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Please be aware that this old REACH registration data factsheet is no longer maintained; it remains frozen as of 19th May 2023.

The new ECHA CHEM database has been released by ECHA, and it now contains all REACH registration data. There are more details on the transition of ECHA's published data to ECHA CHEM here.

Diss Factsheets

Administrative data

Key value for chemical safety assessment

Effects on fertility

Effect on fertility: via oral route
Endpoint conclusion:
no adverse effect observed
Dose descriptor:
479 mg/kg bw/day
Study duration:
Additional information

The reproductive toxicity of DMT has been investigated in an older one-generation study in the rat (Krasavage et al, 1972;1973). Dimethyl terephthalate was administered to groups of 20 male rats in the diet for 115 days, at doses of 0, 0.25, 0.5 and 1.0%.

The male rats were then mated with twenty virgin females which had also been fed the dimethterephthalate diet for 6 days prior to mating. Male rats treated with dimethyl terephthalate showed normal mating behaviour. All treatment groups had a higher percentage of inseminations than the control group. Ninety-five to 100% of these inseminations resulted in a pregnancy with a normal gestation period and litter size. The only effect seen in pups was a statistically significant reduction in body weight at weaning compared to the control in the 0.5 and 1.0% dose groups. The NOAEL for reproductive toxicity can be considered to be 1% dimethyl terephthalate in the diet, the NOAEL for parental toxicity was 0.5% and the NOAEL for offspring toxicity was 0.25%.

Using the default conversion factors, dose levels are calculated to be approximately equivalent to 250, 500 and 1000 mg/kg bw/d.

A waiver is proposed for further testing for reproductive toxicity. Existing data for the substance, including developmental toxicity studies in rodent and non-rodent species, a one-generation reproduction toxicity study and 90-day studies using oral and inhalation exposure do not indicate any effects on the reproductive organs or on fertility or reproductive performance. Additional tetsing in a two-generation study is not justified for scientific reasons or on animal welfare grounds.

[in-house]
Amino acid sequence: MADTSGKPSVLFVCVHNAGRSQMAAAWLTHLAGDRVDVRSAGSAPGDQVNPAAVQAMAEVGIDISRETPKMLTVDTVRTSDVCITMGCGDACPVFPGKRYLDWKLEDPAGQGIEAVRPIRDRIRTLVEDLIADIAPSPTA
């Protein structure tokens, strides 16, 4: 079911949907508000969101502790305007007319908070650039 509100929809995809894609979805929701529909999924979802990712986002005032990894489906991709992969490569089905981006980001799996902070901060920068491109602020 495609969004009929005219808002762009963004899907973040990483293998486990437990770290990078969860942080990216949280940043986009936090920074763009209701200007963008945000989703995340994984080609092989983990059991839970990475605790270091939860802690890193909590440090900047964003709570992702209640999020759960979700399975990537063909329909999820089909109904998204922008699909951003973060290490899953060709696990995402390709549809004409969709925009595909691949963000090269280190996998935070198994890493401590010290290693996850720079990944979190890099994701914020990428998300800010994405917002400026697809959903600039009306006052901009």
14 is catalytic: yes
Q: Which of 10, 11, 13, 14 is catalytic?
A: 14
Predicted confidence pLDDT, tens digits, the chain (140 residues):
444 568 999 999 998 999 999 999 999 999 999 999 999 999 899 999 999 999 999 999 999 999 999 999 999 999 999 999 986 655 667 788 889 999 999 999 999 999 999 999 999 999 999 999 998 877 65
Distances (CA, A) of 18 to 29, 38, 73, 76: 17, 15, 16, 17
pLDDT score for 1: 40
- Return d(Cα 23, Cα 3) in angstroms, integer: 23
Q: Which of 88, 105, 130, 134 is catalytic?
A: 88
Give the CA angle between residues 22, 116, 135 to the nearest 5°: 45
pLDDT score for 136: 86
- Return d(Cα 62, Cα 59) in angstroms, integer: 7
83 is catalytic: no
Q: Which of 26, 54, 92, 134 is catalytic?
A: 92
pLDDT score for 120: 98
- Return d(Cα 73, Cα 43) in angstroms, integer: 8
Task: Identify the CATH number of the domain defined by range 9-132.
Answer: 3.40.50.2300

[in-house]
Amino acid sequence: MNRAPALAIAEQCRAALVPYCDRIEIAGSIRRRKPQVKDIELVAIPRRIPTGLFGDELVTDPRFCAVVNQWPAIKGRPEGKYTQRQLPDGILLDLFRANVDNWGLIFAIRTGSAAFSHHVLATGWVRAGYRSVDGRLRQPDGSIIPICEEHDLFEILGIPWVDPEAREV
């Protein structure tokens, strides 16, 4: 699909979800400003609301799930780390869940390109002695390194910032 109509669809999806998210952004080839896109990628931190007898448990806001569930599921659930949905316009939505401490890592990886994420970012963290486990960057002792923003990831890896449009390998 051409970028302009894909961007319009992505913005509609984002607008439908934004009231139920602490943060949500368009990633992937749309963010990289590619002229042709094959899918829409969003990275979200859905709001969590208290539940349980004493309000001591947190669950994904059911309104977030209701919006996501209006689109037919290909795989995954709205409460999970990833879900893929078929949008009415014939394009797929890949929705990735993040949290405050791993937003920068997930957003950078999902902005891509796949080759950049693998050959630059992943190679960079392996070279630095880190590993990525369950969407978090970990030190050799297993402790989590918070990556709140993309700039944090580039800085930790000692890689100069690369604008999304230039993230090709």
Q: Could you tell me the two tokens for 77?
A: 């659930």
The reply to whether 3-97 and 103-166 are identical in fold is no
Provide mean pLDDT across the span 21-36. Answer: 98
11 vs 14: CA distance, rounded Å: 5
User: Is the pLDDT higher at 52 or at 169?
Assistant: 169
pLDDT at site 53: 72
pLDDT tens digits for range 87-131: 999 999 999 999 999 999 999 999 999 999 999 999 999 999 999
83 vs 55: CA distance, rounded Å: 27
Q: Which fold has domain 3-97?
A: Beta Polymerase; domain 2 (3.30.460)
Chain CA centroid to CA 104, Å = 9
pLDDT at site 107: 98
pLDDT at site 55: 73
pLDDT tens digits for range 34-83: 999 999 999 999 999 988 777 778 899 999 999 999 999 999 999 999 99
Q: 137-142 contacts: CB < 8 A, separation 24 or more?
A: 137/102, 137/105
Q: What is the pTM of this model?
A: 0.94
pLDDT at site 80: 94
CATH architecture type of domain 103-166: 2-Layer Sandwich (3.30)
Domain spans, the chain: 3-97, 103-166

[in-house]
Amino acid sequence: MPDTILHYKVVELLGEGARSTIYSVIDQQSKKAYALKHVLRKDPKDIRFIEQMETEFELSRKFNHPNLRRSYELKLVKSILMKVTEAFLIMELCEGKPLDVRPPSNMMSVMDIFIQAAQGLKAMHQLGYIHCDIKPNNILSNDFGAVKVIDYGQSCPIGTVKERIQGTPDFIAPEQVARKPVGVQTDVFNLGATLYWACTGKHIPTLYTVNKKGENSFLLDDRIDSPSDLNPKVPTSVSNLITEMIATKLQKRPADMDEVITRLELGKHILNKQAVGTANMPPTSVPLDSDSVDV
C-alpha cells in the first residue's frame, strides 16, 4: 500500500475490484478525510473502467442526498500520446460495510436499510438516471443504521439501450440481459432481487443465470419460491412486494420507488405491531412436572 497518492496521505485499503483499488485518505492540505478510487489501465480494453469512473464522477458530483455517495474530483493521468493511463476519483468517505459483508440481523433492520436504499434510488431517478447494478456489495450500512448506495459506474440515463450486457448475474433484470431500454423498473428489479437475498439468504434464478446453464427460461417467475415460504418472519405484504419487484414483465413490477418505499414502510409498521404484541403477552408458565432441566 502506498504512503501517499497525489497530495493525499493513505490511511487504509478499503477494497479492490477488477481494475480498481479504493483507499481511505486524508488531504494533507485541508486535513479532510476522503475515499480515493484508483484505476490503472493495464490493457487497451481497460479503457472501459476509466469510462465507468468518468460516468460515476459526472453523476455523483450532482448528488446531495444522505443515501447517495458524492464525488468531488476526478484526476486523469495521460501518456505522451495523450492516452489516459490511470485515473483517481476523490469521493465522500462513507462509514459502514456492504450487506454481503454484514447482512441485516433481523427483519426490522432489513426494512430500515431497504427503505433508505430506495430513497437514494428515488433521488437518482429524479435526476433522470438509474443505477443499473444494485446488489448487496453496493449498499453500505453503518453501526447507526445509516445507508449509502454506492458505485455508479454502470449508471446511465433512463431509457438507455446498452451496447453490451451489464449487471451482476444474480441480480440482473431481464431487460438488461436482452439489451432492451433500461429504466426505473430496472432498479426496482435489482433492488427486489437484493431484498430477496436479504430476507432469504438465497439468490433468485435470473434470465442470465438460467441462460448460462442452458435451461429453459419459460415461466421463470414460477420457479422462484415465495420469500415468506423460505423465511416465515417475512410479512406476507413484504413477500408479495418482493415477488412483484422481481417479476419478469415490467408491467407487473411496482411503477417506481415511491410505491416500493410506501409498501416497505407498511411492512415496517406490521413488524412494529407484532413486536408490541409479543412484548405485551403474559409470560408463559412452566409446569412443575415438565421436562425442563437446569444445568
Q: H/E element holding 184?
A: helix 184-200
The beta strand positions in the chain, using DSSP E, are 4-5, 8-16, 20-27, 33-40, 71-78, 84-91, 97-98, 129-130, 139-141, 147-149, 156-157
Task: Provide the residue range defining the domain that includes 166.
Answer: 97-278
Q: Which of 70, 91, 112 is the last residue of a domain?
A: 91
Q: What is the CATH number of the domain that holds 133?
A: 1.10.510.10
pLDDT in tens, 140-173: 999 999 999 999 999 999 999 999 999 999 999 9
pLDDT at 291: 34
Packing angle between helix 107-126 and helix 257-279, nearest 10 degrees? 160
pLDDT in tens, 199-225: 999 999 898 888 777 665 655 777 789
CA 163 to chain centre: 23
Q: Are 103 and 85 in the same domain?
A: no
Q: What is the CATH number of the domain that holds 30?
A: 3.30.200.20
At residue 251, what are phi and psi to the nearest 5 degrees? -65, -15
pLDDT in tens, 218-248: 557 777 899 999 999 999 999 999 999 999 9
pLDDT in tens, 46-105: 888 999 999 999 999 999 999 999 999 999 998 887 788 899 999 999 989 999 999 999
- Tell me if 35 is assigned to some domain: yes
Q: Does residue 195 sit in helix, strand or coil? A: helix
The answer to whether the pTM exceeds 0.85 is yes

Short description of key information:
No evidence of an effect on fertility or reproductive capacity was seen in a one-generation study in the rat at dose levels up to and including approximately 1000 mg/kg bw/d. Findings in offspring were limited to bodyweight effects at weaning, likely to be attibutable to reduced dietary palatability.

Effects on developmental toxicity

Description of key information
No evidence of developmental toxicity was seen in a guideline-compliant rat study at the limit dose of 1000 mg/kg bw/d.
Effect on developmental toxicity: via oral route
Dose descriptor:
1 000 mg/kg bw/day
Additional information

Dimethyl terephthalate was administered to female Wistar rats via gavage, at a dose of 1000 mg/kg bw/d, on days 7 through 16 post-copulation (Hoechst, 1986). Controls received the vehicle alone. Dams were sacrificed on gestation day 21 for examination of uterine contents. There was no evidence of maternal toxicity. No embryotoxic or teratogenic effects were observed. The NOAEL for maternal and developmental toxicity in rats is therefore the limit dose of 1000 mg/kg bw/d.

An OECD 414 prenatal developmental toxicology study also was performed using DMT in rabbits.

There were no adverse effects on maternal survival, clinical or macroscopic findings, body weights, food consumption, clinical pathology parameters, and organ weights at 200, 400, and 600 mg/kg/day when dimethyl terephthalate (DMT) was offered in the diet (pellets) to New Zealand White rabbits. In addition, there were no test substance-related effects on intrauterine growth and survival and fetal morphology at any dosage level. Based on these results, a dosage level of 600 mg/kg/day (test substance concentration of 479 mg/kg/day), the highest dosage level evaluated, was considered to be the no-observed-adverse-effect level (NOAEL) for maternal and embryo/fetal developmental toxicity when DMT was offered in the diet (pellets) to New Zealand White rabbits.

Justification for classification or non-classification

Dimethyl terephthalate had no effects on rat reproduction, and did not result in embryotoxic or teratogenic effects, and therefore does not warrant classification according to Regulation (EC) No. 1272/2008 (CLP).

Additional information